Drag Queens are visiting nurseries across London to perform for children and to teach them valuable lessons in acceptance of the LGBT community, through sing-song.
Nursery bosses hope the colourful sessions with the consummate performers will help children ‘see people who defy rigid gender restrictions’ and prevent the two and three-year-old’s from developing discriminatory ‘isms’.
The performers sing and recite special nursery rhymes to the young audiences, which include messages about LGBT issues. Obviously, classics such as The Hungry Caterpillar are on the book list too.
The performances are the brainchild of Thomas Canham, a Bristol University law graduate and part-time drag queen who set up the company.
The concept initially began in San Francisco, with Michelle Tea’s Drag Queen Story Hour, which flourished across America.
Now, Great British drag queens are emulating the positive message in the UK and hoping to offer young children a complete and all-encompassing view of the world.
Canham set up Drag Queen Story Time in Britain with this mission:
We aim to capture the imagination and fun of the gender fluidity of childhood, while giving children a glamorous, positive, and unabashedly queer role model.
By providing spaces in which kids are able to see people who defy rigid gender restrictions, we allow them to imagine the world in which people can present as they wish…
Once you think about the idea – which is essentially drag queens reading stories to children – it all makes perfect sense.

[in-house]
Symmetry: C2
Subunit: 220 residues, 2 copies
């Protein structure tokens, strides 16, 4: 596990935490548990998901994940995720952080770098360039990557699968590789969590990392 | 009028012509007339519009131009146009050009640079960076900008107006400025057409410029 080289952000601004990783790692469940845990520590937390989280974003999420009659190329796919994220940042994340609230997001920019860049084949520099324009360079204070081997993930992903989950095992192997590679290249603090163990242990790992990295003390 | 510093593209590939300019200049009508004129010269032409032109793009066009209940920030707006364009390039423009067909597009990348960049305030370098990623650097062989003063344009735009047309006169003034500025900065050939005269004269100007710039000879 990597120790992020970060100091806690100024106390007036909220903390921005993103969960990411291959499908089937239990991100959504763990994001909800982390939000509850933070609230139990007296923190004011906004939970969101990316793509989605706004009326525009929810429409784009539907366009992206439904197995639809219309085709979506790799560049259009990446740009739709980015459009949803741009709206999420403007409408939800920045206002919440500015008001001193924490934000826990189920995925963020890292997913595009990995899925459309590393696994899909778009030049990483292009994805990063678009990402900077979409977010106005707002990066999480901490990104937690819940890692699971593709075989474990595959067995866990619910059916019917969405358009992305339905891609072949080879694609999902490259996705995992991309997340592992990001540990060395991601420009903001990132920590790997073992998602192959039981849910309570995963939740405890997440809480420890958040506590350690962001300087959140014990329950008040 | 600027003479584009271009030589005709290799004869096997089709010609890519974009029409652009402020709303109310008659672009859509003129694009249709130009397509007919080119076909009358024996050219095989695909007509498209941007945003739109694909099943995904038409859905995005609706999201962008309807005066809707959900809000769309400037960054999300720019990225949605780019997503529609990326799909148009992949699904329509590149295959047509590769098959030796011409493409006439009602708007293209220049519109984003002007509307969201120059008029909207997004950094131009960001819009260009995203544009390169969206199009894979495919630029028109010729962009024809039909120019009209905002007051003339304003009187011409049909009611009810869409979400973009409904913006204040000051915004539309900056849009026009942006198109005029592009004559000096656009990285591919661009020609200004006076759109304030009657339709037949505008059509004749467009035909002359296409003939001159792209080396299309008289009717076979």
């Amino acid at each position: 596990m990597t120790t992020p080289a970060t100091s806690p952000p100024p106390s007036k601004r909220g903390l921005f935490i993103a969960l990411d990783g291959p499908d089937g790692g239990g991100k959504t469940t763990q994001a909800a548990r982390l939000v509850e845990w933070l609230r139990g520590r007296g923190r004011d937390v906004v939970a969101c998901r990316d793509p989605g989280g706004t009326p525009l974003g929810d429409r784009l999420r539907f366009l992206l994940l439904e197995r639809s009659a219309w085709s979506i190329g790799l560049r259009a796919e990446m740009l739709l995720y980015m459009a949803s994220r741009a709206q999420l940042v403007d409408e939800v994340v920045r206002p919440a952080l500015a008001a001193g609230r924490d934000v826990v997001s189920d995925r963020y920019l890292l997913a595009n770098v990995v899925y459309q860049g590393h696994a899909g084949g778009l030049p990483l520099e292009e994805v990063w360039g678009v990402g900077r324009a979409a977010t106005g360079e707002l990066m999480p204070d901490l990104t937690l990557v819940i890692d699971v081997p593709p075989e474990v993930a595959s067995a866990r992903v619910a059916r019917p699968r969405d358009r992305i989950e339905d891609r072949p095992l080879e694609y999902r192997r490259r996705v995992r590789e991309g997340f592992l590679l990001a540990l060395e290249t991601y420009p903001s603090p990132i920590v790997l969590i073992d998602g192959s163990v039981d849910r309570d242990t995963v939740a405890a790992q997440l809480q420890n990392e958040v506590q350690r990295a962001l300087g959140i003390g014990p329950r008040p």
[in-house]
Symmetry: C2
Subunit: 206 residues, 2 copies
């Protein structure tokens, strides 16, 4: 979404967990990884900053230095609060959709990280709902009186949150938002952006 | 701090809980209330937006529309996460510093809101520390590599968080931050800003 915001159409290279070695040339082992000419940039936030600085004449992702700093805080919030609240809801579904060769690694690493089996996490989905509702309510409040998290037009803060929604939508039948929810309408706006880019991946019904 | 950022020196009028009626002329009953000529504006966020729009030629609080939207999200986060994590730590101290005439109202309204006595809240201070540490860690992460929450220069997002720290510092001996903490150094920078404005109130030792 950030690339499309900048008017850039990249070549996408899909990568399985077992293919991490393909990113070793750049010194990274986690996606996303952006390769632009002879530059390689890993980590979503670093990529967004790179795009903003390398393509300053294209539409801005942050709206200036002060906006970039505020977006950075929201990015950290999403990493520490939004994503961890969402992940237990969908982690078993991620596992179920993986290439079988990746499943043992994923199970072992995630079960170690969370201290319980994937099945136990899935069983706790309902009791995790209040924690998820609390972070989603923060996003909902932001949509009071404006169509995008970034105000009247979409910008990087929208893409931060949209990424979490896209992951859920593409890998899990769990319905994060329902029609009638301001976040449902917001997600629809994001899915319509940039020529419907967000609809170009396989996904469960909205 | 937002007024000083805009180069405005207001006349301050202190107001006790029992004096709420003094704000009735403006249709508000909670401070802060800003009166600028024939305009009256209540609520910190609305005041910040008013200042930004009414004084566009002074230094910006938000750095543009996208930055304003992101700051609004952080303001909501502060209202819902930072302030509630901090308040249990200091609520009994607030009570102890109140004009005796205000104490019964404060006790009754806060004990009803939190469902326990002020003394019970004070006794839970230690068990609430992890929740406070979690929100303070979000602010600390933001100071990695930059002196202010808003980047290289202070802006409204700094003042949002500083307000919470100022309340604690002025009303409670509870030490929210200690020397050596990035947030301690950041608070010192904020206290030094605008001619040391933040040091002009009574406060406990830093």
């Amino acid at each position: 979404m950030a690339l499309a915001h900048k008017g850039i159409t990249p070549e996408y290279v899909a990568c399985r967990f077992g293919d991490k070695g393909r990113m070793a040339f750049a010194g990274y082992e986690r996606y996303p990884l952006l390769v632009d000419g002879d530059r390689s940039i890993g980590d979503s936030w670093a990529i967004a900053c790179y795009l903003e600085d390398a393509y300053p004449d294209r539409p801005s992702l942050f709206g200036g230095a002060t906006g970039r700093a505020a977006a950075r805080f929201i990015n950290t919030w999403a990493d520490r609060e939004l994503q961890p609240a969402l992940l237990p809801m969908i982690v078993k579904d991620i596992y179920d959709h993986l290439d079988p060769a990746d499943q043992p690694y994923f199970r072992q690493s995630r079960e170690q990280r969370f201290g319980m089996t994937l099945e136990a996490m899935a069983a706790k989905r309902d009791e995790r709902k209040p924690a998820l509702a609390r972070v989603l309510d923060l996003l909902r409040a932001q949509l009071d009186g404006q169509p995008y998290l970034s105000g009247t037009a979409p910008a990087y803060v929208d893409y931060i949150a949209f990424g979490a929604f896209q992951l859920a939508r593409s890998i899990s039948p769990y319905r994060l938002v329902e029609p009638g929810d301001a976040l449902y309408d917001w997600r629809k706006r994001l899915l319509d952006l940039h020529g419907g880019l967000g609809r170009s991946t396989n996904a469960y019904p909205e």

Ultimately, they are performers, they’re larger than life! It’s exactly what children want.
Canham explained the drag queens have creative control over their acts, adding:
They can include, for example, drag queen references within songs.
So if you’re doing something like Wheels On The Bus, you can sing, ‘The skirt on the drag queen goes swish, swish, swish.’
The parents love it and the children love it too – especially when you’ve got a six-year-old boy there in a princess dress which he isn’t allowed to wear at home because his dad doesn’t like it.
Drag Queen Story Time will hold sessions at seven nurseries run by the London Early Years Foundation over the winter, with the view to rolling them out across the nursery’s 37 sites.
Drag Queens are a stalwart of the performance scene, creating their own vibrant counter-culture beyond the mainstream and entertaining children in pantos up and down the country for decades, with their much-maligned art form.
Yet some people have responded with the knee-jerk, ‘Not In Our Classroom’ reaction.
Norman Wells, director of the Family Education Trust, told The Daily Mail:
One of the most disturbing things about the transgender agenda is the way that it tries to distort our perception of reality and deny something as fundamental as the distinction between male and female.
They also spoke to Dilys Daws, co-author of the book Finding Your Way With Your Baby, who said:
There’s this idea that’s sweeping the country that being transgender is an ‘ordinary situation’.
It’s getting so much publicity that it’s getting children thinking that they might be transgender, when it otherwise wouldn’t have occurred to them.
But it’s perfectly normal for most young children to think about being the opposite sex. It’s probably because they are identifying with a parent or sibling.
Drag Queen Story Time and the other outfits like it, hope to encourage those ‘perfectly normal’ behaviours and let kids know it’s okay to identify, or simply empathise with a parent or sibling of the opposite sex, while having fun and retaining a child-like glee.
Remember being a kid and going to panto? The most captivating character on stage was always the moralising and majestic Window Twanky, invariably dressed up and performing in drag.
If you can bring some of that creativity, magic and sparkle into the classroom to teach love and acceptance, how can it be a bad thing?